This year had its fair share of breached enterprise networks and software glitches. From more than 38 million Adobe passwords being compromised to the embarrassing launch of HealthCare.gov, software developers were left scratching their heads on how to improve the quality and security of their programs.
The year started off with a stronger focus on testing. In January, Coverity (a development testing tool provider) and SQS (a software quality and testing services provider), teamed up to expand traditional software testing upstream into development. The new partnership combines SQS’ knowledge in quality process improvement through the software development life cycle with Coverity’s technology in order to help companies build efficient software quality-testing processes and prioritize spending.
Throughout the year, many companies began releasing new testing systems. In February, Seapine released the Defect Scribe testing service to help developers do better manual and exploratory testing. Zeenyx released an automated software testing tool, AscentialTest version 6, in June. In October, Load Impact released an automated Server Metric Agent to help developers detect, measure, analyze and predict server performance problems within applications and websites.
But even with new testing strategies, software securities were still compromised.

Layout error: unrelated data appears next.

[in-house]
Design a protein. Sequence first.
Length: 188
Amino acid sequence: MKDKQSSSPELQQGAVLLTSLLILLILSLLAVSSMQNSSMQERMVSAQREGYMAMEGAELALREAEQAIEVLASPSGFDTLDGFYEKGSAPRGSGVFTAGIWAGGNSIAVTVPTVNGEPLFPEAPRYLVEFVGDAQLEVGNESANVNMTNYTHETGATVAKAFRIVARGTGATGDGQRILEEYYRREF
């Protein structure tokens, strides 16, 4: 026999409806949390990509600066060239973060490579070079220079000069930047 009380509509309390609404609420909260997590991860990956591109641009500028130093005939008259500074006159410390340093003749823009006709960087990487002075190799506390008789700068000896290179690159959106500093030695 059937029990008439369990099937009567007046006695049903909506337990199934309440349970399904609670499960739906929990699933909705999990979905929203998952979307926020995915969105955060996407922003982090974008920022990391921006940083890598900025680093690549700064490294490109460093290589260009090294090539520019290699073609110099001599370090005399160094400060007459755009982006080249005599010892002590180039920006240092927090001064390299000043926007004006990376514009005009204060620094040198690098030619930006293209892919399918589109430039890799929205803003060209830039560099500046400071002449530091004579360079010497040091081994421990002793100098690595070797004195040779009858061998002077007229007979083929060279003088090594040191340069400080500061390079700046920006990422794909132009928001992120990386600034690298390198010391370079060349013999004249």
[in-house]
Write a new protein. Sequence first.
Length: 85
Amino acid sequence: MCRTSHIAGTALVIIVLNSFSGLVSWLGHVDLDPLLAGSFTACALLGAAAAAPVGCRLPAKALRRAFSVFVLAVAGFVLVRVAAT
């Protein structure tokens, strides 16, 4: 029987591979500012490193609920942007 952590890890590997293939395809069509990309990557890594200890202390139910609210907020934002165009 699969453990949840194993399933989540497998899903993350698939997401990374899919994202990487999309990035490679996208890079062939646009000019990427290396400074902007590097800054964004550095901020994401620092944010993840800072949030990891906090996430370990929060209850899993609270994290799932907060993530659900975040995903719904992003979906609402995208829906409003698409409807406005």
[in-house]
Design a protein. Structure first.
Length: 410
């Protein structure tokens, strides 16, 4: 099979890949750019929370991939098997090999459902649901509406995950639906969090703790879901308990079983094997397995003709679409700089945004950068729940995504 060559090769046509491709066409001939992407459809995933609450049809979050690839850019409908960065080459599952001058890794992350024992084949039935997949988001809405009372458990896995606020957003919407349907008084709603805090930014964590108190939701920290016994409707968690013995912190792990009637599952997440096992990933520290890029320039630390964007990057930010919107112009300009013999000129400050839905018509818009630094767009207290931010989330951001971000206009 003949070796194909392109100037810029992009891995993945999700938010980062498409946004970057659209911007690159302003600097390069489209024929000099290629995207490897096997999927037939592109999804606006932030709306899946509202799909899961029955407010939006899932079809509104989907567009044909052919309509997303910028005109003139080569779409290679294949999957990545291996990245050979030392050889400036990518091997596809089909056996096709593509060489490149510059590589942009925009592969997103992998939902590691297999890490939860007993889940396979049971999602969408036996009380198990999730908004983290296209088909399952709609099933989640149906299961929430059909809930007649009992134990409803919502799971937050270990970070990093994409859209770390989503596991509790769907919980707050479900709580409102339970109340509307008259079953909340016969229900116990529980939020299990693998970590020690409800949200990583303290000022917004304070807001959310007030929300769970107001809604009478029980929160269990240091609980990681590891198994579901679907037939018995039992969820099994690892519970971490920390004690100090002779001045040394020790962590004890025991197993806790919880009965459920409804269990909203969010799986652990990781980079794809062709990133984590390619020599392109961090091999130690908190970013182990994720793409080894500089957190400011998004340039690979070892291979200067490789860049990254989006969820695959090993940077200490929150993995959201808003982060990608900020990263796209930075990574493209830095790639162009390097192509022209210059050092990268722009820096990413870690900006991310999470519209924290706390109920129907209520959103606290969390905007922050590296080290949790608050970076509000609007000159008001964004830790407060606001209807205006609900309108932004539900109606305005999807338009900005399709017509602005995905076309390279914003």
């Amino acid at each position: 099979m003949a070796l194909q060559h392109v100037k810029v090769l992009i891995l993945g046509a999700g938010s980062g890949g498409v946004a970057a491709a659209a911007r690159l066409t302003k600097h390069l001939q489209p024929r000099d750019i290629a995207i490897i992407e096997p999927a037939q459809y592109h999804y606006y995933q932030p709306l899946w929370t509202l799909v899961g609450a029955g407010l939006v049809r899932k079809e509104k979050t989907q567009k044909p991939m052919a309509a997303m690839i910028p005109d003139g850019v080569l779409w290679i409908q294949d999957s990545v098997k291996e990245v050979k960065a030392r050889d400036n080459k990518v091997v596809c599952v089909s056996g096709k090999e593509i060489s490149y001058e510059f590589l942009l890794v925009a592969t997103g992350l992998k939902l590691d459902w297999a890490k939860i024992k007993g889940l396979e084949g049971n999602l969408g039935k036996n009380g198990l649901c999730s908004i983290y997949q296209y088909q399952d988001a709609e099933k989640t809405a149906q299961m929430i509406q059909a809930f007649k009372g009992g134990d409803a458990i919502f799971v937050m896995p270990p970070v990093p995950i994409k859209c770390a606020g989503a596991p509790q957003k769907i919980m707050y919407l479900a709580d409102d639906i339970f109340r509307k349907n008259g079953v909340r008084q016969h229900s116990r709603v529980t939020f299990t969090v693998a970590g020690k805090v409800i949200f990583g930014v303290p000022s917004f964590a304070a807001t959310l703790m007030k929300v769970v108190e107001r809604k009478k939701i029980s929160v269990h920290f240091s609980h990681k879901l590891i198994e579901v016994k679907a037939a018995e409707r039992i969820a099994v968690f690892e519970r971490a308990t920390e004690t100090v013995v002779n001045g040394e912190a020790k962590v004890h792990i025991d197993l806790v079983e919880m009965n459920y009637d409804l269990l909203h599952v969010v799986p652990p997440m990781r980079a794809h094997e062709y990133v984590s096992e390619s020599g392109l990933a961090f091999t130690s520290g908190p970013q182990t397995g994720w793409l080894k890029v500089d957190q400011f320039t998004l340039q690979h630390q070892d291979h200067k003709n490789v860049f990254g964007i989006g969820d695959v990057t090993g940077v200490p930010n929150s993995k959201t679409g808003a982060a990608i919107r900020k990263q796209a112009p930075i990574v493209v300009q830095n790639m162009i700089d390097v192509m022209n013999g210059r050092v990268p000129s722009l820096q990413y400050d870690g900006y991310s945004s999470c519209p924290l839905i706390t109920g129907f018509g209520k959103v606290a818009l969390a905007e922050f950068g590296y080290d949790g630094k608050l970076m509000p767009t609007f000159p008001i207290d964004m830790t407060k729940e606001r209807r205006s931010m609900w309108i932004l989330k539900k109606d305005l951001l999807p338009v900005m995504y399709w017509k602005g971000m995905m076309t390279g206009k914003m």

In March, the RSA Conference in San Francisco focused on traditional security practices over hot new inventions. The conference also addressed issues of security within the cloud. SafeNet’s CEO Dave Hansen said the problem is that there isn’t enough encryption in cloud-based data-driven applications, and that companies don’t decide to encrypt their cloud data until after they’ve been breached.
By May, free online training courses were being offered by SAFECode in an attempt to close the gaps in security engineering knowledge.
May also brought a new risk to app security. According to the Open Web Application Security Project’s (OWASP) Top 10 list for 2013, the newest risk to app security is using components with known vulnerabilities. This highlighted the importance of developers using secure components to avoid exploitation by hackers. Jeff Williams, founding member of OWASP, advised developers to always keep their components up to date in order to avoid using vulnerable components.
After more than 38 million encrypted passwords were stolen from Adobe, Carnegie Mellon University revealed a new password system to address the growing security breach problem. It developed a system called Generating panOptic Turing Tests to Tell Computers and Humans Apart (GOTCHA) that uses inkblots and phrases to increase security beyond encryption and hash functions.
The year ended with a strong emphasis on continuous testing, from development to production. Testing throughout all stages helps prevent performance bottlenecks and assures quality software, according to Tom Lounibos, CEO of SOASTA, a cloud and mobile testing company.
Parasoft promoted continuous testing in September with its release in September of Service Virtualization, an automated infrastructure for continuous testing. Testing early and often reduces risk exposure and brings quality functionality to the market faster, according to Parasoft’s chief strategy officer Wayne Ariola.
And finally, in November, SOASTA revealed 10 tips to improve user experience and application performance, with each putting a strong emphasis on testing at every stage.